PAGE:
Tallnecks are passive and help Aloy unlock more of the map.

Like the side activities, collectables also have a finite number that makes getting 100% feel very manageable (if you’re into that sort of thing). Vantages require the most effort, as you must stand in a specific spot, though you are rewarded with a brief glimpse into the past and some interesting backstory. The others, Ancient Vessels, Metal Flowers and Banuk Figures can add more background to the world, but are meant to be traded to special Merchants in sets. Unfortunately, all you’ll get in return for your efforts are Treasure Boxes, so you may as well just hold onto them.

There’s also a New Game+ option, which lets you carry over your skills and loadout to a new save once you’ve beaten the Main Quest. Interestingly, once you’ve met the requirement, you can create a New Game+ loadout at any time from the pause menu, which lets the player do so when they feel more comfortable.

Even into the PS5 era, Horizon Zero Dawn has impressive graphics, with a unique aesthetic combining machine parts with common materials and highly-detailed Machines that feel unified in their design choices while also clearly resembling the real-world animals that most are based on. This helps add a great element to reconnaissance and pre-combat planning, as you can tell what you’re up against just by looking at a Machine’s silhouette. The day/night cycle, while not impacting gameplay much apart from a difference in visibility, shows off the great lighting that the Decima engine can provide. On top of that, climbing paths are generally easy to see and are still unified by the color yellow, which stands out from the rest of the environment. Using the Focus also feels satisfying, with its purple wireframes and AR visual effects that add a new depth to the world.

The game still looks visually impressive.

Guerilla Games also clearly went through a great effort to make the world feel more immersive. The Machines have great sound design that matches both their mechanical nature and the animals they’re based on, reinforcing the impression that they’re wild beasts. The audio for the Focus not only sounds pleasing to the ears, but comes out of the controller speaker so you feel more like you’re using it yourself. The voice acting is also filled with incredible talent, especially Ashley’s Burch’s emotional performance as Aloy. There are some blemishes, like inconsistent audio mixing on the dialogue and subtitles that don’t 100% match what the speaker is actually saying, though it’s fortunately not enough to detract from the quality of the writing.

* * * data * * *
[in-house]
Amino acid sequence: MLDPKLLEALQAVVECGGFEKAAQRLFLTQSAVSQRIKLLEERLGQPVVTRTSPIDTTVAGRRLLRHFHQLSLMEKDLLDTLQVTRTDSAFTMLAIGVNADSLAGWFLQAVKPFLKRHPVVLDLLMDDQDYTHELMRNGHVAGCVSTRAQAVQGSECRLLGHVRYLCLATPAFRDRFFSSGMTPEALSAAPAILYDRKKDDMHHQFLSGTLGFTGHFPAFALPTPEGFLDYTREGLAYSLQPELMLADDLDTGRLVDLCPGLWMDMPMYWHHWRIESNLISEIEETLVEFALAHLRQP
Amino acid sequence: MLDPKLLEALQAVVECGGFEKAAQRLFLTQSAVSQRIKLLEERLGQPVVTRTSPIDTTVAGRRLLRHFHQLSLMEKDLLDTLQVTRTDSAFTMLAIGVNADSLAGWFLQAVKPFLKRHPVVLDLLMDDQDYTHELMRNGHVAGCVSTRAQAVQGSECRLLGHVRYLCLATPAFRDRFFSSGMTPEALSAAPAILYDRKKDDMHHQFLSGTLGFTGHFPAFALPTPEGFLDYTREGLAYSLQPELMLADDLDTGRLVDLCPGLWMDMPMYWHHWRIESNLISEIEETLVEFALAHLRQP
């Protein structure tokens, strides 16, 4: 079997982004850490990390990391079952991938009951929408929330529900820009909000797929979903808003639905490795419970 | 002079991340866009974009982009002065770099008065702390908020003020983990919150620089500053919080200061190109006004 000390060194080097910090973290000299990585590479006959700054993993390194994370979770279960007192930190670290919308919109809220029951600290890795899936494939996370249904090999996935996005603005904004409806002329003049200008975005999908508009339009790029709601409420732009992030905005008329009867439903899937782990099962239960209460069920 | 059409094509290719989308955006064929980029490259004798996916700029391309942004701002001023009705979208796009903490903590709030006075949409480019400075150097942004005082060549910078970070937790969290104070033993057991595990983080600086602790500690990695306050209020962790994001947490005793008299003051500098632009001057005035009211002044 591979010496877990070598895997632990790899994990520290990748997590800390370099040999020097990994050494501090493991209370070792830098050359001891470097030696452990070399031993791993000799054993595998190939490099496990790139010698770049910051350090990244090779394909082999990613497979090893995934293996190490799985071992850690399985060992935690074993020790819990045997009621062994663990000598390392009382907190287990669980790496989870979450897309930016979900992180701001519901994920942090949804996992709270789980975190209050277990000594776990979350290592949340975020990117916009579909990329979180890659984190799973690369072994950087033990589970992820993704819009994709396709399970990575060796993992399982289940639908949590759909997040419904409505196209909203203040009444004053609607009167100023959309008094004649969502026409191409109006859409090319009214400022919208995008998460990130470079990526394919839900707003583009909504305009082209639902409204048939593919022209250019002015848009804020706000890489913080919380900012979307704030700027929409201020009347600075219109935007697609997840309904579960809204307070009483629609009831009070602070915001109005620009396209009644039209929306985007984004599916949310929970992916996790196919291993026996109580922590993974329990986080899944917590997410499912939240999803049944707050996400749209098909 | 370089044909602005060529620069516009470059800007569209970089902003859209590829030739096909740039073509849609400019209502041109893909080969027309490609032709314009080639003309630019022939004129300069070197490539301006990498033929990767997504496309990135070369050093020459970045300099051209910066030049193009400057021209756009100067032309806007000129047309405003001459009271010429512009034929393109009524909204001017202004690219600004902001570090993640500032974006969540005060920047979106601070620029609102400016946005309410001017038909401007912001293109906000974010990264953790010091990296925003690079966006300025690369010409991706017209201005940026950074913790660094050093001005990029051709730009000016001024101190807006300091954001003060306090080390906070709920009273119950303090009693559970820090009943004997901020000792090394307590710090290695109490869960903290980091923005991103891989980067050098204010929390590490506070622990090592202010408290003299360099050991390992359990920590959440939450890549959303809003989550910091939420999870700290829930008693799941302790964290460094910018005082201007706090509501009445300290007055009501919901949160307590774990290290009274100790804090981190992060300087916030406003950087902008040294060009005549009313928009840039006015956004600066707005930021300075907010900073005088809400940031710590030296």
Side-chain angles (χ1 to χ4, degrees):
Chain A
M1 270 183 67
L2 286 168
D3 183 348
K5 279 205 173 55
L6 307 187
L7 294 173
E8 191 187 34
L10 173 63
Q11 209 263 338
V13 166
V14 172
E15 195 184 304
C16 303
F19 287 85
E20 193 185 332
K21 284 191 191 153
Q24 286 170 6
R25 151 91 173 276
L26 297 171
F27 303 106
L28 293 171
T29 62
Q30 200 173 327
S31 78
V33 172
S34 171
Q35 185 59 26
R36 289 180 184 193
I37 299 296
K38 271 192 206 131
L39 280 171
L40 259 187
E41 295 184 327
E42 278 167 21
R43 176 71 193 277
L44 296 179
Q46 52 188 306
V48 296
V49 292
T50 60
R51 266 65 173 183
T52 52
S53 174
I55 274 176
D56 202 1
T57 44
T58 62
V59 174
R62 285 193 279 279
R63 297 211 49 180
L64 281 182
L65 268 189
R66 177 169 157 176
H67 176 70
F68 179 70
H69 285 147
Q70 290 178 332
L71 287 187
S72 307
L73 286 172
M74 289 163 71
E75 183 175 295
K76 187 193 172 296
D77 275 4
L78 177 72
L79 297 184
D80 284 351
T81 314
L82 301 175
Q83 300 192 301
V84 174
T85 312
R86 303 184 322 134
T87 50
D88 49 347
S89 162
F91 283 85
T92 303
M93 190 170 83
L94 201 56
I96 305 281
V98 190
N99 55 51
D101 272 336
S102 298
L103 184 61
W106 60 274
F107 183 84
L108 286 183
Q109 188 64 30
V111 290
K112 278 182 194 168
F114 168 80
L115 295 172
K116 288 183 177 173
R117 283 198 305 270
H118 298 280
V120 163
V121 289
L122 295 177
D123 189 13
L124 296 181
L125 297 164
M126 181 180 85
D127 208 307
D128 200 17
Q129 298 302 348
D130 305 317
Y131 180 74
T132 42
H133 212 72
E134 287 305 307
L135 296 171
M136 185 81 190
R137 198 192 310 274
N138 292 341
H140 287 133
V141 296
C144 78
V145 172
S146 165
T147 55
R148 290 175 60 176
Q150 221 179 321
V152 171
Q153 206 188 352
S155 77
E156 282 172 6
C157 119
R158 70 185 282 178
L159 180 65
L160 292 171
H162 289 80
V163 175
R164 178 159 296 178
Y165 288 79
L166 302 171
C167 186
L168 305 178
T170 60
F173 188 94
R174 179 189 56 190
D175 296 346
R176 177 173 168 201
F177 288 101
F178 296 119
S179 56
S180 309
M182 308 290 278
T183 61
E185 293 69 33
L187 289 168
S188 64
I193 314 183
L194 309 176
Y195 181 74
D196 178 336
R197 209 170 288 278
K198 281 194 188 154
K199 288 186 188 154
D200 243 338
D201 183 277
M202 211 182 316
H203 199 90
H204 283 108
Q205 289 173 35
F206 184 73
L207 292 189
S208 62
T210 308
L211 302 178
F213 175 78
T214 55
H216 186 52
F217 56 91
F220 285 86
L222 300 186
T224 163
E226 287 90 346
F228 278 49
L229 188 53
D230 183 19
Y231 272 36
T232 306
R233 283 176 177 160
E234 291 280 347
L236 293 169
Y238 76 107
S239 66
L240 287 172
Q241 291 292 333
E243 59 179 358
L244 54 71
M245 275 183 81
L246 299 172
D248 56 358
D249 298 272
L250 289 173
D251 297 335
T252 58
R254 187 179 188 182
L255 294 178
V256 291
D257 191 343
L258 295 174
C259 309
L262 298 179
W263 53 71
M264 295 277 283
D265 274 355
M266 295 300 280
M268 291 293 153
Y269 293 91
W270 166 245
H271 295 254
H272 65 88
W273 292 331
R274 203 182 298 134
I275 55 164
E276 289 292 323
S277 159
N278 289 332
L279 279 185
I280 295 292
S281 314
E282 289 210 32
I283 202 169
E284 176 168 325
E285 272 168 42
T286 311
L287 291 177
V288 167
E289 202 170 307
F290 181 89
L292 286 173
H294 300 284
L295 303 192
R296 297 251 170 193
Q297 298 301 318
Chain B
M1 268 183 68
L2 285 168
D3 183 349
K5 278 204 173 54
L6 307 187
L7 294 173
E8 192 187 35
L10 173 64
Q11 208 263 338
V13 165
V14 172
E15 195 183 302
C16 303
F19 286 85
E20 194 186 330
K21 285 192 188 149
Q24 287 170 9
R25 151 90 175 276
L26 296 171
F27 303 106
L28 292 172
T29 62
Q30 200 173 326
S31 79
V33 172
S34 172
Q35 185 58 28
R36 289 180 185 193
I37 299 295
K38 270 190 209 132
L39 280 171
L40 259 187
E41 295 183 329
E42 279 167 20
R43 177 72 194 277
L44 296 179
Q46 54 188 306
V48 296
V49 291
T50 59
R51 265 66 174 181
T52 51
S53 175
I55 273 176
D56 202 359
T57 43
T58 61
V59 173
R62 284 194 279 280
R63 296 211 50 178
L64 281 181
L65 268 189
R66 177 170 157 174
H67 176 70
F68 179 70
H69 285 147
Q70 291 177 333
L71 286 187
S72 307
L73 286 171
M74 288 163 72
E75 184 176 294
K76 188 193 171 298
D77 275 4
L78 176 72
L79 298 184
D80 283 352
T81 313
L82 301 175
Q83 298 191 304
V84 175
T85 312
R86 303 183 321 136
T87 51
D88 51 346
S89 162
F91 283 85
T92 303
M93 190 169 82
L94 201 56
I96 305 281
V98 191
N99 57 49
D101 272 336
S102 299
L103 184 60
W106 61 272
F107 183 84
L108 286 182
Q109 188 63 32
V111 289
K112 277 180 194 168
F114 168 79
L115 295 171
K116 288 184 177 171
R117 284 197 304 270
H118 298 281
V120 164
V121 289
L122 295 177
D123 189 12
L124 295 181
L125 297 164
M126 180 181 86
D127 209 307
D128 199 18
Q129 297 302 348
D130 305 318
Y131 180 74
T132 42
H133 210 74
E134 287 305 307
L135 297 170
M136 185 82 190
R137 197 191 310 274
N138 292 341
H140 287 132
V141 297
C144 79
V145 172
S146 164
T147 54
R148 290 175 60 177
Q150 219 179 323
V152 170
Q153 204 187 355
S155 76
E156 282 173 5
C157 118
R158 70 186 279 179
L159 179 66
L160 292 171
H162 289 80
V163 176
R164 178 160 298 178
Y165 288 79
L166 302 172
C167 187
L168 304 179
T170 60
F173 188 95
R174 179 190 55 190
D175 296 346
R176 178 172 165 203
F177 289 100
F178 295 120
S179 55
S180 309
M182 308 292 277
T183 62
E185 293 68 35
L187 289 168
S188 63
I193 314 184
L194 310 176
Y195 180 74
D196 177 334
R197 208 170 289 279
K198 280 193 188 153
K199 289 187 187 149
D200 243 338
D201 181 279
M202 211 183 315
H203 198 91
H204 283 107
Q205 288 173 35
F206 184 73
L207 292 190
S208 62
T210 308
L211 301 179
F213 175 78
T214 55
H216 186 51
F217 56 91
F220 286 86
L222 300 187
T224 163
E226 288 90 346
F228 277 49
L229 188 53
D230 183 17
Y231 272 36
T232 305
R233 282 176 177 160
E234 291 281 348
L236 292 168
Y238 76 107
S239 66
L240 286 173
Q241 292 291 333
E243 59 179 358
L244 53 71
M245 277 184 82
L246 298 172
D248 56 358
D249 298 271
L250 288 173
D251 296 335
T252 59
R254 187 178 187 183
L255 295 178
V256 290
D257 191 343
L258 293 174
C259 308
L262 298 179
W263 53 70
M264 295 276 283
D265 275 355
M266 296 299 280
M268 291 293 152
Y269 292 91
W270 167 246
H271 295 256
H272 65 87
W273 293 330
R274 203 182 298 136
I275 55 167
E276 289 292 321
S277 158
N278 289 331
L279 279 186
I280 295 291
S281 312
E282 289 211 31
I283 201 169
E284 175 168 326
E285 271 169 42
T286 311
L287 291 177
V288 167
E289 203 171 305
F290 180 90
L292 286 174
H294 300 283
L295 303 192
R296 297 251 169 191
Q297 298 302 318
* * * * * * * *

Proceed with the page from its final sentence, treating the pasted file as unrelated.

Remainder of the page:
Of course, since this is an open world game, there are still some other issues that pop up from time to time. Sometimes, an object, especially a downed Machine, will vibrate, as though the game doesn’t know where to draw it. Conversations carry a bulk of the issues, however, with some rather static expressions and recycled animations (even after a patch), teleporting, texture pop-in and odd physics. On that last point, Aloy’s override at the end of a Cauldron looked inconsistent, as I can only recall one instance where her spear properly lined up with the slot. Otherwise, it either looked misaligned or she slowly floated up into the air and then came back down when the override finished. Players may also notice some texture pop-in while roaming around, but not enough that it would make the game unplayable.

Some issues more directly affect the gameplay as well. While not in any way predatory, Treasure Boxes come off as glorified loot boxes, with completely randomized contents no matter how many resources you spent on them or what you traded for them (with a few exceptions). As such, I never really felt incentivized to buy any apart from ones marked as free samples. Speaking of resources, each one takes up an inventory slot, which isn’t a bad thing, but each slot can only hold so much of the same item. Whether intentionally or not, it’s very easy to clog up your inventory, so you might spend some time juggling space so you have more room for what you really need or want. It doesn’t help that you must craft satchel upgrades for each individual item category, creating a dual problem of low inventory space early on and locating increasingly rare resources for the desired upgrade.